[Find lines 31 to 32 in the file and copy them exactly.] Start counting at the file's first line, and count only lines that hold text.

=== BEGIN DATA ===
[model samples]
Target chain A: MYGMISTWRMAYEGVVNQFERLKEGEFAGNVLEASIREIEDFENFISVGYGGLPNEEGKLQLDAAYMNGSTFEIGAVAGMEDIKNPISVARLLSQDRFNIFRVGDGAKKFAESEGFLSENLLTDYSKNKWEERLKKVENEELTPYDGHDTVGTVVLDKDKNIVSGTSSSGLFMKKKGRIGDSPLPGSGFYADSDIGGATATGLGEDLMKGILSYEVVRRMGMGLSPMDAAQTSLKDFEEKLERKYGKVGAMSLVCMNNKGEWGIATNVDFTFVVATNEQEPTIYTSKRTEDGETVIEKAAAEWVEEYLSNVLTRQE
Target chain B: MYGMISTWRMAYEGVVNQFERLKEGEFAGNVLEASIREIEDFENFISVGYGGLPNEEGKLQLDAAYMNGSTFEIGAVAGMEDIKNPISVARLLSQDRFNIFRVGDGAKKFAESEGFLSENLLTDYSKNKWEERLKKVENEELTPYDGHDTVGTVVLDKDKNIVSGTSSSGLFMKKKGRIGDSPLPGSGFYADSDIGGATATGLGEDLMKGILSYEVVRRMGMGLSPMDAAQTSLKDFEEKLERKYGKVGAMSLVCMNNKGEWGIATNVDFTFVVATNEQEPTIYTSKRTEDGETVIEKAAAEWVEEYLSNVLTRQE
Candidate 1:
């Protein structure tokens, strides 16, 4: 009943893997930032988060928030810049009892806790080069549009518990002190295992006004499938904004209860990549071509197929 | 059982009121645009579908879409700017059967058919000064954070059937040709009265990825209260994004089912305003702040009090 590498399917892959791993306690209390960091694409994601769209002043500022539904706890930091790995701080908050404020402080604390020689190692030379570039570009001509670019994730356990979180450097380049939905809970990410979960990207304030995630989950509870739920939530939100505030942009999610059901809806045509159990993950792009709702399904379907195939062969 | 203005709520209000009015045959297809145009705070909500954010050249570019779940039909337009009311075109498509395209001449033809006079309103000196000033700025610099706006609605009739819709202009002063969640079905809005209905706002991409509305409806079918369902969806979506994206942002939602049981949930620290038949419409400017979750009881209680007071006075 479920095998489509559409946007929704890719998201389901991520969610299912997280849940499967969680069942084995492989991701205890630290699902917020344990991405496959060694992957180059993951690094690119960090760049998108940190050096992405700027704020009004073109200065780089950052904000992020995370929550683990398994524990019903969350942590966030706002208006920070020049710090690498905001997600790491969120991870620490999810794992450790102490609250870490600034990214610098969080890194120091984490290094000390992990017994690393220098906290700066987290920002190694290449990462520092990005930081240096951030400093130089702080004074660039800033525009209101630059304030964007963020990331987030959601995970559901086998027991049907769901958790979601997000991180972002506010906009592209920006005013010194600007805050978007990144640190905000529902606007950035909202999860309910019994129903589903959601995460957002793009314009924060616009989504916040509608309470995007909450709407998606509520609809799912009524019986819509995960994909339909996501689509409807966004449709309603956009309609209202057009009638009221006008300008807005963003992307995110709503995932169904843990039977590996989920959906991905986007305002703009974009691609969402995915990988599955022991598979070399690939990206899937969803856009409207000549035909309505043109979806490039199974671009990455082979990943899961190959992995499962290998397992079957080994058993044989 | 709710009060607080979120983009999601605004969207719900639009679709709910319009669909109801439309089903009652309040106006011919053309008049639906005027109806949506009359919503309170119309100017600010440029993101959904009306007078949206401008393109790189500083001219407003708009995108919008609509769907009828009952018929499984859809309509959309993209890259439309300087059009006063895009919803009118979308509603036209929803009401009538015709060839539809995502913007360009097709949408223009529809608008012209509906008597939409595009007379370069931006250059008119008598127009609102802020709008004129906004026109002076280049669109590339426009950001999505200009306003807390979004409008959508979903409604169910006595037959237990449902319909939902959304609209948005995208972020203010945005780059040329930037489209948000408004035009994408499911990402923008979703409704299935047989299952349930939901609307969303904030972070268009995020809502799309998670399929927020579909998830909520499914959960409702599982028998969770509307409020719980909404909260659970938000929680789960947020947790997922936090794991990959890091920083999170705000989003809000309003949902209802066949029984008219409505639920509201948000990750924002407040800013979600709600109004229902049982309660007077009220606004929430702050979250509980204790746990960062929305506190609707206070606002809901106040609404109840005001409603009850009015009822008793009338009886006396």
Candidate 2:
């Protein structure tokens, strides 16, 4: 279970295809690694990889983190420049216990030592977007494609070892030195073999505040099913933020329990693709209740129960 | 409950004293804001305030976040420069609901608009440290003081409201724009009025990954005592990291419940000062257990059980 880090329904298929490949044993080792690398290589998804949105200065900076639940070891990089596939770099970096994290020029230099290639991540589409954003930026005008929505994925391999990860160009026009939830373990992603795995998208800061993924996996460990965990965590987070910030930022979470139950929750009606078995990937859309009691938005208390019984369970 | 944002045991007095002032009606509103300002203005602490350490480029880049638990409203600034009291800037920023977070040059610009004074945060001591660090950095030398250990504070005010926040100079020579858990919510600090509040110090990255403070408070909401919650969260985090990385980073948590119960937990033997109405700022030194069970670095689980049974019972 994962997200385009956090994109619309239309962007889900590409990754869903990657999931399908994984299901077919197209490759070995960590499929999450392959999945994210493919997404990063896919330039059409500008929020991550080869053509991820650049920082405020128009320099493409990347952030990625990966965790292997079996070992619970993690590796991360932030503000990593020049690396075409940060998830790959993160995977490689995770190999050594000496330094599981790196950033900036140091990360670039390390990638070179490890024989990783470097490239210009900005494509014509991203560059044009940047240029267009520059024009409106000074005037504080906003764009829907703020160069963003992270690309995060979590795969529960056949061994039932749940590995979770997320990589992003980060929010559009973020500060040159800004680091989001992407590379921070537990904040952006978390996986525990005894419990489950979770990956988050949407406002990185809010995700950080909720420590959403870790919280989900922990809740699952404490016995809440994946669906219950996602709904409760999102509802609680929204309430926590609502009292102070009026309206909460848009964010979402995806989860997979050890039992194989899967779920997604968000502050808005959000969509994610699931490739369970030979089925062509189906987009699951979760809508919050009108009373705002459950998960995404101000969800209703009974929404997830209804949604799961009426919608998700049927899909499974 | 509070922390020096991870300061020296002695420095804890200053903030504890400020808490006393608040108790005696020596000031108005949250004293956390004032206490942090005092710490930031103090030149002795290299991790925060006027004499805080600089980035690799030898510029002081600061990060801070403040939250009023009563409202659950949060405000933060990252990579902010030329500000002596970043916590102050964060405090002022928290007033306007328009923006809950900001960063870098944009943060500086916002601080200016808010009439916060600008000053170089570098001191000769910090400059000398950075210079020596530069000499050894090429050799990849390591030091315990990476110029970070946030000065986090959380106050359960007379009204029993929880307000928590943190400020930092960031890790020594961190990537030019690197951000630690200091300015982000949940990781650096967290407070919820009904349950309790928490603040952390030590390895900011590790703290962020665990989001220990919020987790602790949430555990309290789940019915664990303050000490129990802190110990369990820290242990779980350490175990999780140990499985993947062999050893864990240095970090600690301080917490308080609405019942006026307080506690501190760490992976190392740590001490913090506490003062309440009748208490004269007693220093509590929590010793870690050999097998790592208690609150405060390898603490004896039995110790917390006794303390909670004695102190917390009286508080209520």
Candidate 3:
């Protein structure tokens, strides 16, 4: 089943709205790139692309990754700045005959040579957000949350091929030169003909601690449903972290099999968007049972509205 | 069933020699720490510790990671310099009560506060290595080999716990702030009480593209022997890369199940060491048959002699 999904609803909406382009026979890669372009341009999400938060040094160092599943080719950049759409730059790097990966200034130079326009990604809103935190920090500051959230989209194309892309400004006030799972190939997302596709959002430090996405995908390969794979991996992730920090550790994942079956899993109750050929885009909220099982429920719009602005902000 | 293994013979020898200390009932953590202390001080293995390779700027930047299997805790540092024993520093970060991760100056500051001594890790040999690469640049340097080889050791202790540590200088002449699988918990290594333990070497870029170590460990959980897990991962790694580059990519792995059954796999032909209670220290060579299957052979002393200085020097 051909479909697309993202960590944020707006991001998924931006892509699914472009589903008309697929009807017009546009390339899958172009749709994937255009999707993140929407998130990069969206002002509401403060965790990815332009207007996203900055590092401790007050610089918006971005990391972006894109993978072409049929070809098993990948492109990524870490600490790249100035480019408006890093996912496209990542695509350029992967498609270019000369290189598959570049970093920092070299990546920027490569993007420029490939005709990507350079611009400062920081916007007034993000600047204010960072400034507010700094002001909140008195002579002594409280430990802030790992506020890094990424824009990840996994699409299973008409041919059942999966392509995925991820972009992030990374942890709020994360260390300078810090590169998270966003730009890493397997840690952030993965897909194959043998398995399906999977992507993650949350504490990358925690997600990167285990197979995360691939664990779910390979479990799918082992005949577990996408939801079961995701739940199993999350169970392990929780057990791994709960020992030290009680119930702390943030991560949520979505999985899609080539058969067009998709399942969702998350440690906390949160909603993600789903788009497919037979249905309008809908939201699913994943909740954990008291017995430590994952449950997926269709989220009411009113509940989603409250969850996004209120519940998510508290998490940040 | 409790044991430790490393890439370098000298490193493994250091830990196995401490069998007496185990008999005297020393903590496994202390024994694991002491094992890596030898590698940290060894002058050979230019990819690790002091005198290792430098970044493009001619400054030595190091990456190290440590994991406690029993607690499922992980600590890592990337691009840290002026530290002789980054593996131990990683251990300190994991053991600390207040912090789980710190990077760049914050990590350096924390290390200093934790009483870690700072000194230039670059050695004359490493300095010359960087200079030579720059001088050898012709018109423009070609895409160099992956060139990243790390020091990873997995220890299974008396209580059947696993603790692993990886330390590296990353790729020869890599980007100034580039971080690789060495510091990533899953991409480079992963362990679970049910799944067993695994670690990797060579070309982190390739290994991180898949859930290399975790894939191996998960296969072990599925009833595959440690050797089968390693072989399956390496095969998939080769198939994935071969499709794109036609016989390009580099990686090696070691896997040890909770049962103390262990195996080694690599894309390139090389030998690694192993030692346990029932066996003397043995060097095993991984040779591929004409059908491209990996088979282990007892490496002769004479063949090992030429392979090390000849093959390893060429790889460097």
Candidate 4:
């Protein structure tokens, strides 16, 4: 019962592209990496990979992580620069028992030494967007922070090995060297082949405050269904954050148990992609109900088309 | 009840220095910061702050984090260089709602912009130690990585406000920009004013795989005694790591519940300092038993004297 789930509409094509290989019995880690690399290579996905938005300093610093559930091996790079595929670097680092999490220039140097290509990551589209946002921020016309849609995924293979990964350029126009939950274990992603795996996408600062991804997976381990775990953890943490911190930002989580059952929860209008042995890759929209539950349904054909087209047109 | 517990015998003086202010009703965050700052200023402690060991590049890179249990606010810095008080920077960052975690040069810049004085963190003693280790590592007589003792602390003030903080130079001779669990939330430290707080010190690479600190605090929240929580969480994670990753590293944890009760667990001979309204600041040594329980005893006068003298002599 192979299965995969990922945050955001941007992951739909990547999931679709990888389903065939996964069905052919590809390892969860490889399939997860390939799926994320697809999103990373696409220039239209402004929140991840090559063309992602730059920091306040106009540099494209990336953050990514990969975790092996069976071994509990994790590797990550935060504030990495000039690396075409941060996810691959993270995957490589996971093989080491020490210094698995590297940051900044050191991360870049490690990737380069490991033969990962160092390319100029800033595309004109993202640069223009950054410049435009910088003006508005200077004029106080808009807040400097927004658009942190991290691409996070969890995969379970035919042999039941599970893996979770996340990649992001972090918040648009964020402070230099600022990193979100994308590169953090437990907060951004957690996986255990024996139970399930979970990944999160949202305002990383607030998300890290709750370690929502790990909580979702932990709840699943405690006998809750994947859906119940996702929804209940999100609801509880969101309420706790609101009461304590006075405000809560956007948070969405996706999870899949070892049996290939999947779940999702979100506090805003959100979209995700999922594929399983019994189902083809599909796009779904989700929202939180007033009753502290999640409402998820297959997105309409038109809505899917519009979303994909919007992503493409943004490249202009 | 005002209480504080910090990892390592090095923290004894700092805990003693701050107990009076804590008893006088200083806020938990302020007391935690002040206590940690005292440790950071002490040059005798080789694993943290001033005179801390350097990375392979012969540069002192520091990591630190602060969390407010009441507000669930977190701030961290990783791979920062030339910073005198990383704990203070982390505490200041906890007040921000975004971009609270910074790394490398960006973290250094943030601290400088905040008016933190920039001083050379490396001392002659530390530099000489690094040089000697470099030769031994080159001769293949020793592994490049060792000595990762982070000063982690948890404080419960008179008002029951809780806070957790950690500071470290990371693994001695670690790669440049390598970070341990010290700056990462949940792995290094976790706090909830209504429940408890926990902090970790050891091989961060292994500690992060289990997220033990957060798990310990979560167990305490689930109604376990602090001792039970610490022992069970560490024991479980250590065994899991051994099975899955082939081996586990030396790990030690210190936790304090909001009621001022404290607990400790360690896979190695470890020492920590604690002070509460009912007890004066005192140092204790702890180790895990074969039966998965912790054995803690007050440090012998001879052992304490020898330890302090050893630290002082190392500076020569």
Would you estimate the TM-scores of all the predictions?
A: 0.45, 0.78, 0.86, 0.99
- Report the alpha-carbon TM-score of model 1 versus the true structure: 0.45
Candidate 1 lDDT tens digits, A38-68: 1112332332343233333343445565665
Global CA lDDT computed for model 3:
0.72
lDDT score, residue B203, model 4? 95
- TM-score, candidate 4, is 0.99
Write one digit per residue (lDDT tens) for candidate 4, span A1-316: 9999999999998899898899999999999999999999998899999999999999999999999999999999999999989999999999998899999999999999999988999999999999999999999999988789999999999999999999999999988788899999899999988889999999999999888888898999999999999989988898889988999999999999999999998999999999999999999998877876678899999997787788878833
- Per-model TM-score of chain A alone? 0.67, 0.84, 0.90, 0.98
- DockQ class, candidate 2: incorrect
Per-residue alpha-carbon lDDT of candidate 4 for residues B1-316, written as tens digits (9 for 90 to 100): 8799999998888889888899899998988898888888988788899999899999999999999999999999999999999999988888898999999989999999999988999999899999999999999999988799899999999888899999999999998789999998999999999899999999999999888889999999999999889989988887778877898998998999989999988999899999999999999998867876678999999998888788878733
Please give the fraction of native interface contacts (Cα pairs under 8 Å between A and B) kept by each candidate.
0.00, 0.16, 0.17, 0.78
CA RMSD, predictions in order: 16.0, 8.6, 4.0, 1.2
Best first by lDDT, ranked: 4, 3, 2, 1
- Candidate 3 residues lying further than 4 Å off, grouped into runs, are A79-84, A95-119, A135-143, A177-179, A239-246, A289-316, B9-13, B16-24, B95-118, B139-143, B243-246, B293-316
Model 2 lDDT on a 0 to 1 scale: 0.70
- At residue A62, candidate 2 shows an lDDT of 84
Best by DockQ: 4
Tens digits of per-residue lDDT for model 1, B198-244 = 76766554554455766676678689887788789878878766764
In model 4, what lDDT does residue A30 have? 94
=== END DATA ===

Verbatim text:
Best by DockQ: 4
Tens digits of per-residue lDDT for model 1, B198-244 = 76766554554455766676678689887788789878878766764